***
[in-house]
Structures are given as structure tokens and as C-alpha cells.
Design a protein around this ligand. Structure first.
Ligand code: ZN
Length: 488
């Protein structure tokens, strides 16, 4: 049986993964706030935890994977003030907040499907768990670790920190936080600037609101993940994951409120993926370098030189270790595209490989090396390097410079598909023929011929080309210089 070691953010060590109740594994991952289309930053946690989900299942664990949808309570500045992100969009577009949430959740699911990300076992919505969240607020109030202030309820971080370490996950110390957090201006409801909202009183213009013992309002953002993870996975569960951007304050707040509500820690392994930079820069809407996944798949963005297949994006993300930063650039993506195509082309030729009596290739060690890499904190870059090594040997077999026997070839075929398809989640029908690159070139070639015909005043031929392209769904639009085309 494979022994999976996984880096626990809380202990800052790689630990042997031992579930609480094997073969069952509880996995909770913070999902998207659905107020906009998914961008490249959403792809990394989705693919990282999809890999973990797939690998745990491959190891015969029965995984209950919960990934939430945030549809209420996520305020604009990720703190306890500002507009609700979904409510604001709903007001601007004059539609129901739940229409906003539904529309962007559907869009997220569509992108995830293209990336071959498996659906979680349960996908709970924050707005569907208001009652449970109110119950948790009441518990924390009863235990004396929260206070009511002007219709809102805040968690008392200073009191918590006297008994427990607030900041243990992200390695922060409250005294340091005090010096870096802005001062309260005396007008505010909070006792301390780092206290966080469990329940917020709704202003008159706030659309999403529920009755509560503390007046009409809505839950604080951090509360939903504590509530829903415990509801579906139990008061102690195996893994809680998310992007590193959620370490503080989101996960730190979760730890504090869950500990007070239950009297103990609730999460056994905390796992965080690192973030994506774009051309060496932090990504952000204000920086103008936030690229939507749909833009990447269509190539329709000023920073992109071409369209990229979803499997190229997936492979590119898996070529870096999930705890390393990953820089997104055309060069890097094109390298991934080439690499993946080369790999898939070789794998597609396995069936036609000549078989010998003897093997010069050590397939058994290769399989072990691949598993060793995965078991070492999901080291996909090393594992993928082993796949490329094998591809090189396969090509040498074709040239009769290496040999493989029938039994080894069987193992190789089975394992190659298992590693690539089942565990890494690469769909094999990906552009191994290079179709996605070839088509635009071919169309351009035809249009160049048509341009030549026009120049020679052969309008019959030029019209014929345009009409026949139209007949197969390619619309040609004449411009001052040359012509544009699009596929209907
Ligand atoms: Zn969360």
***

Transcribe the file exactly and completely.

[in-house]
Structures are given as structure tokens and as C-alpha cells.
Design a protein around this ligand. Structure first.
Ligand code: ZN
Length: 488
């Protein structure tokens, strides 16, 4: 049986993964706030935890994977003030907040499907768990670790920190936080600037609101993940994951409120993926370098030189270790595209490989090396390097410079598909023929011929080309210089 070691953010060590109740594994991952289309930053946690989900299942664990949808309570500045992100969009577009949430959740699911990300076992919505969240607020109030202030309820971080370490996950110390957090201006409801909202009183213009013992309002953002993870996975569960951007304050707040509500820690392994930079820069809407996944798949963005297949994006993300930063650039993506195509082309030729009596290739060690890499904190870059090594040997077999026997070839075929398809989640029908690159070139070639015909005043031929392209769904639009085309 494979022994999976996984880096626990809380202990800052790689630990042997031992579930609480094997073969069952509880996995909770913070999902998207659905107020906009998914961008490249959403792809990394989705693919990282999809890999973990797939690998745990491959190891015969029965995984209950919960990934939430945030549809209420996520305020604009990720703190306890500002507009609700979904409510604001709903007001601007004059539609129901739940229409906003539904529309962007559907869009997220569509992108995830293209990336071959498996659906979680349960996908709970924050707005569907208001009652449970109110119950948790009441518990924390009863235990004396929260206070009511002007219709809102805040968690008392200073009191918590006297008994427990607030900041243990992200390695922060409250005294340091005090010096870096802005001062309260005396007008505010909070006792301390780092206290966080469990329940917020709704202003008159706030659309999403529920009755509560503390007046009409809505839950604080951090509360939903504590509530829903415990509801579906139990008061102690195996893994809680998310992007590193959620370490503080989101996960730190979760730890504090869950500990007070239950009297103990609730999460056994905390796992965080690192973030994506774009051309060496932090990504952000204000920086103008936030690229939507749909833009990447269509190539329709000023920073992109071409369209990229979803499997190229997936492979590119898996070529870096999930705890390393990953820089997104055309060069890097094109390298991934080439690499993946080369790999898939070789794998597609396995069936036609000549078989010998003897093997010069050590397939058994290769399989072990691949598993060793995965078991070492999901080291996909090393594992993928082993796949490329094998591809090189396969090509040498074709040239009769290496040999493989029938039994080894069987193992190789089975394992190659298992590693690539089942565990890494690469769909094999990906552009191994290079179709996605070839088509635009071919169309351009035809249009160049048509341009030549026009120049020679052969309008019959030029019209014929345009009409026949139209007949197969390619619309040609004449411009001052040359012509544009699009596929209907
Ligand atoms: Zn969360």